Friendliness is hard to find at the country’s biggest airports, even though Vietnam is known as a friendly country, Deputy Minister of Transport Pham Quy Tieu said Monday.
The transport official convened a meeting with units and businesses operating at Noi Bai International Airport after the Hanoi terminal along with Tan Son Nhat International Airport in Ho Chi Minh City were listed among the ten worst in Asia by The Guide to Sleeping in Airports, an airport review website.
“We have to respect reviews by customers and foreign websites,” Deputy Minister Tieu said at the meeting.
“Everyone knows infrastructure in Vietnam is undeveloped, but the country’s friendliness is always highly appreciated.
“Sadly, there is little friendliness at the big local airports.”
Noi Bai and Tan Son Nhat are currently the largest of their kind in the Southeast Asian country.
The Guide to Sleeping in Airports said Noi Bai is “frequently noted for being hot, chaotic and not especially clean,” while describing Tan Son Nhat as having average facilities, but fluctuating cleanliness levels.
Deputy Minister Tieu said increasing passenger satisfaction is a task that requires changes in all aspects at the airports, from the management officials to employees.
“The airport managers must at first develop new standards and procedures to remedy the shortcomings,” he said.
Listed in the “low satisfaction” group
Noi Bai and Tan Son Nhat were also near the bottom when SkyTeam, a global alliance of 20 airlines, surveyed the satisfaction of passengers at 24 airports where its members operate, according to Dang Anh Tuan, head of market services with flag carrier Vietnam Airlines.
“The Vietnamese airports are in the group with low satisfaction, with only 30 percent of respondents saying they are satisfied with the services there,” Tuan said.
Vietnam Airlines, Aeroflot, China Airlines and Korean Air are some of the SkyTeam members.
Tuan also said Vietnam Airlines last year had Skytrax, a United Kingdom-based consultancy, conduct an independent evaluation of its service at Noi Bai based on 100 norms.
“As for the ground service, the evaluation covers norms such as the location of the check-in counters, the attitude of flight attendants, and security officers at the terminal,” Tuan elaborated.
“Noi Bai only had two standards earn two stars, while many norms were below one star,” he added.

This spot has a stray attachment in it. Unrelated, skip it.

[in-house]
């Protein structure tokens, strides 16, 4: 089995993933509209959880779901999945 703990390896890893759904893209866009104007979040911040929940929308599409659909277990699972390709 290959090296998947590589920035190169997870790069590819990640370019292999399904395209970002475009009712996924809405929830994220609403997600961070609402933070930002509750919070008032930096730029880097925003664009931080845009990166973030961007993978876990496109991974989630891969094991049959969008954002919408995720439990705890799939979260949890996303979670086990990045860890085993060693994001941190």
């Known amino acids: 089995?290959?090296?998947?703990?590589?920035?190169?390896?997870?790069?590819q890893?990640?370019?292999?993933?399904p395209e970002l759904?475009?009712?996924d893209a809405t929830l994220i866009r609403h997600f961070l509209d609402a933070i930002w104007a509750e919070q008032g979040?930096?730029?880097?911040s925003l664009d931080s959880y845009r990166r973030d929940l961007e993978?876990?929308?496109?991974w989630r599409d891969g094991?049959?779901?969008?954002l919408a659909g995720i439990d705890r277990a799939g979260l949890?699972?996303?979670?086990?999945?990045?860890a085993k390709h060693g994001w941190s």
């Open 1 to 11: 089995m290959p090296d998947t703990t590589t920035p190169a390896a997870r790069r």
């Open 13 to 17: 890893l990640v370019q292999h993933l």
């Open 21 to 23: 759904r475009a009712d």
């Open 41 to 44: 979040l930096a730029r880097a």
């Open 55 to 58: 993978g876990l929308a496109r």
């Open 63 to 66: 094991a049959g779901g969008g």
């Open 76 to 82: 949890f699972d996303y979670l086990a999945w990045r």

Results from a Skytrax evaluation this year gave Noi Bai at least three stars for all of the standards, but Tuan said “this improvement still does not live up to passenger expectations.
“Improving hygiene always tops the list of recommendations by SkyTeam and Skytrax,” Tuan added.
The second problem that needs improvement is the attitude of aviation employees, from security and customs officers to flight attendants.
The lack of information boards and luggage carousels are the third and fourth issues.
“Passengers also complained that there is an insufficient number of luggage trolleys at the airports, and the air-conditioning systems sometimes did not please them,” Tuan added.
The Ministry of Transport has initiated a drive encouraging people who work at the airports to always smile at and appear gentle, understanding, and helpful to passengers, as well as to never forget to say 'hi, sorry, please, and thank you' to them.
“We must speed up this drive to improve the image of Noi Bai and Tan Son Nhat,” Tuan said.
“It’s important to serve passengers with a friendly attitude accompanied by a smile.”
Lai Xuan Thanh, head of the Civil Aviation Authority of Vietnam, said what aviation employees lack the most is diligence.
“An assiduous employee is more important than one that wears a fake smile all day,” he said.
“What people need is for you to laboriously fulfill your job with the appropriate attitude, rather than have a forced smile during eight hours of working.”
Thanh added that complaints from passengers about WiFi services or waiting seats should be handled immediately.